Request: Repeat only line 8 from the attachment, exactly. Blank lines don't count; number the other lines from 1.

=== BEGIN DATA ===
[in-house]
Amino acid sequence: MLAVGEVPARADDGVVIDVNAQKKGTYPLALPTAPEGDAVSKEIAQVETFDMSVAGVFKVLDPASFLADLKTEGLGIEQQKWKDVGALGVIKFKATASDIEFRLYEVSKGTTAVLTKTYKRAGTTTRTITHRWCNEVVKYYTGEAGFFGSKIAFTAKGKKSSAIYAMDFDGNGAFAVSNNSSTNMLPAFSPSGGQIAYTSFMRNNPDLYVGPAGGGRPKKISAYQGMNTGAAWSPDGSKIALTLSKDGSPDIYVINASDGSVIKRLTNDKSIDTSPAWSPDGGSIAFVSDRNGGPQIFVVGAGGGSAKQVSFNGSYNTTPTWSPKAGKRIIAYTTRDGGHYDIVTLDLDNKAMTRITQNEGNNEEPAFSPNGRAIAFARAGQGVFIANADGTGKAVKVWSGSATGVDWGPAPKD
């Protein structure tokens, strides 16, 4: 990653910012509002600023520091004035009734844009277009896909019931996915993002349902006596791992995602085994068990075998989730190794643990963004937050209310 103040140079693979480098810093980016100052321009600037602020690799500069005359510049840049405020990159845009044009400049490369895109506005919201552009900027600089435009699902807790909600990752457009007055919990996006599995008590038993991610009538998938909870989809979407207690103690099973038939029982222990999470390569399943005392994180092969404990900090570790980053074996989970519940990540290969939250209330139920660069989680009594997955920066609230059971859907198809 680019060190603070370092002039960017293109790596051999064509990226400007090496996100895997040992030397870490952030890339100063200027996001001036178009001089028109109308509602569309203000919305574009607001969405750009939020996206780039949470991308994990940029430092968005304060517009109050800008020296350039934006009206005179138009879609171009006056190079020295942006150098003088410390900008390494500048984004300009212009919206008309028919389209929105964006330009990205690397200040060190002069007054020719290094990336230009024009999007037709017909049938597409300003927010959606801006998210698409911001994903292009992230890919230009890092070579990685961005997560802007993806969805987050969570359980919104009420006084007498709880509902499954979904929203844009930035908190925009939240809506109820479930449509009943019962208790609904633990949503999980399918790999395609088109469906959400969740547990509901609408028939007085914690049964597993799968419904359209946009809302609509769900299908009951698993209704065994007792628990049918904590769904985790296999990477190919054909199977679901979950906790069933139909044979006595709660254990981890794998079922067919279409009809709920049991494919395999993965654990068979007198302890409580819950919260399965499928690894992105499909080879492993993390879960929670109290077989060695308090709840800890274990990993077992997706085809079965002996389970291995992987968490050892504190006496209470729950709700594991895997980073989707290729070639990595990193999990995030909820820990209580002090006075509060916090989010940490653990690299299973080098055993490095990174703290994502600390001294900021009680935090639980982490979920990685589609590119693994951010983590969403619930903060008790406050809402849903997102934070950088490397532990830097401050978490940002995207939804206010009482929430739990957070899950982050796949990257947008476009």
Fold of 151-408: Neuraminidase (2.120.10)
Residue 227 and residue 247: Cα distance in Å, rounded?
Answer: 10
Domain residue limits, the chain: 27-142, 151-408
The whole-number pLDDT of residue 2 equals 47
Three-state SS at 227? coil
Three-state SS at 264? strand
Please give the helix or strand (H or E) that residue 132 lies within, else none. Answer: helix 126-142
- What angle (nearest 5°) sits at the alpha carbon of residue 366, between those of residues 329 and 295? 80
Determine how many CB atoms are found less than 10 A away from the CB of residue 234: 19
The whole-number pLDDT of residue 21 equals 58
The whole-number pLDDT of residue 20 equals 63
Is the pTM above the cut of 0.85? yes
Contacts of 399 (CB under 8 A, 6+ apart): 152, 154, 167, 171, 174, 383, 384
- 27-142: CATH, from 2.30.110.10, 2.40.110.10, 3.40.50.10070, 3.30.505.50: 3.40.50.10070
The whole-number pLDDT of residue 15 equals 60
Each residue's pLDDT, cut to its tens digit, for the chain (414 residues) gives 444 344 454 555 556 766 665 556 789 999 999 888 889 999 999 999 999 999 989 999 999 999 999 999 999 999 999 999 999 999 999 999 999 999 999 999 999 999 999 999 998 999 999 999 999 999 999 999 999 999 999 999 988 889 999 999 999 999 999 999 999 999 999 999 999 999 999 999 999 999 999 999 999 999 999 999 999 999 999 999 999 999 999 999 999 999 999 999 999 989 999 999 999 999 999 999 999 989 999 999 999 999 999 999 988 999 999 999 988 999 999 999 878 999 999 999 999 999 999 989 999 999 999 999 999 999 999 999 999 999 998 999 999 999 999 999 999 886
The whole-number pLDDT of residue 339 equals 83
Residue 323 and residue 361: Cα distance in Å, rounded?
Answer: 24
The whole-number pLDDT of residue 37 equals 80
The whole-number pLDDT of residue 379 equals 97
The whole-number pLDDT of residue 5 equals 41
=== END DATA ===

The whole-number pLDDT of residue 2 equals 47